After a very early start today, we’re having a (for us) late night. We flew from a hot Gatwick to a colder, cloudy Dublin. The good news is that each of our backpacks weighs just 8kg, so with a small bag each as well, we really are travelling light.
Our rental car is a Dacia, slightly bigger than our Mazda at home, even though we requested a small car. And then the assistant warned us about the narrow roads.
For lunch of course, we had to go Irish. A bag of cheese and onion Taytos was OK, but we probably didn’t need to consume the whole bag in one go.
Liesel drove from Dublin to about halfway to today’s final destination. We stopped at a place called Moneygall for a break and discovered that Barack Obama’s great-great-great grandfather had emigrated from here to the USA in 1850.
The Barack Obama Plaza had some food outlets and apart from the Taytos, we had coffee and a scone. They are very proud of their connection to the Obamas, there’s even an exhibition hall. It turns out that about half of all US presidents can claim an Irish ancestor.
I took over the driving for the last half of the trip. Narrow roads? We were on fantastic roads most of the way, motorways even. We didn’t even mind paying a toll on a couple of them. And as we went further and further south-west, the landscape became more and more green, verdant, lush, all those poetic words come to mind. And there are mountains in the distance too.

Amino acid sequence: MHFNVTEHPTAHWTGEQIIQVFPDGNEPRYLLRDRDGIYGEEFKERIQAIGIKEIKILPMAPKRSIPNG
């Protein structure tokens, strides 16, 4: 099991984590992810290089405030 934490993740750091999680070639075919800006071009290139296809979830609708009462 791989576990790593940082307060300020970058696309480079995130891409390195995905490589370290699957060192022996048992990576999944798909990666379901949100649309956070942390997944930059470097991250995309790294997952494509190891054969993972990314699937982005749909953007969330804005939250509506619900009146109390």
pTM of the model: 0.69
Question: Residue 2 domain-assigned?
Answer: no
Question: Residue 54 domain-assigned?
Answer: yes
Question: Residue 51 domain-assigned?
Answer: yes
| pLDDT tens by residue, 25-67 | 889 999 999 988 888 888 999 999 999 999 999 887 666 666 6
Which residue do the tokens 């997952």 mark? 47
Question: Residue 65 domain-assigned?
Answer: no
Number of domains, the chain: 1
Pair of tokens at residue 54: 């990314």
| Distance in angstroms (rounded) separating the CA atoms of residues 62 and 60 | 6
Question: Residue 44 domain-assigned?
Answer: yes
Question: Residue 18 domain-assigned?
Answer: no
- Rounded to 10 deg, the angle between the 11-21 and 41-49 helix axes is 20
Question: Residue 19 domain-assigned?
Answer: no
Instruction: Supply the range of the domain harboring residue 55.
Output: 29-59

Although it wasn’t as warm here as it was at home when we left, the sky was blue, with a few clouds and the countryside really did look beautiful. This is what we came to see.
And then we found the narrow roads. The last few miles were mainly on single track roads, with the odd passing place. But, as on the big roads earlier on, there wasn’t much traffic.
Our Airbnb place is a bungalow in Milltown, near Killarney.
After a bit of a rest, we drove to Killorglin for a traditional Irish meal. In fact, we went to Sethu Curry House, as they had a lot of vegetarian dishes. An Indian restaurant, owned by a Malaysian and the waitress who served us is from Reading.
Eoghan, our host, came by for a chat and suggested some places that we should visit later in the week. An unusual name, but my Mum’s father was an Owen from Ireland, so I now wonder if his name was spelt the same way.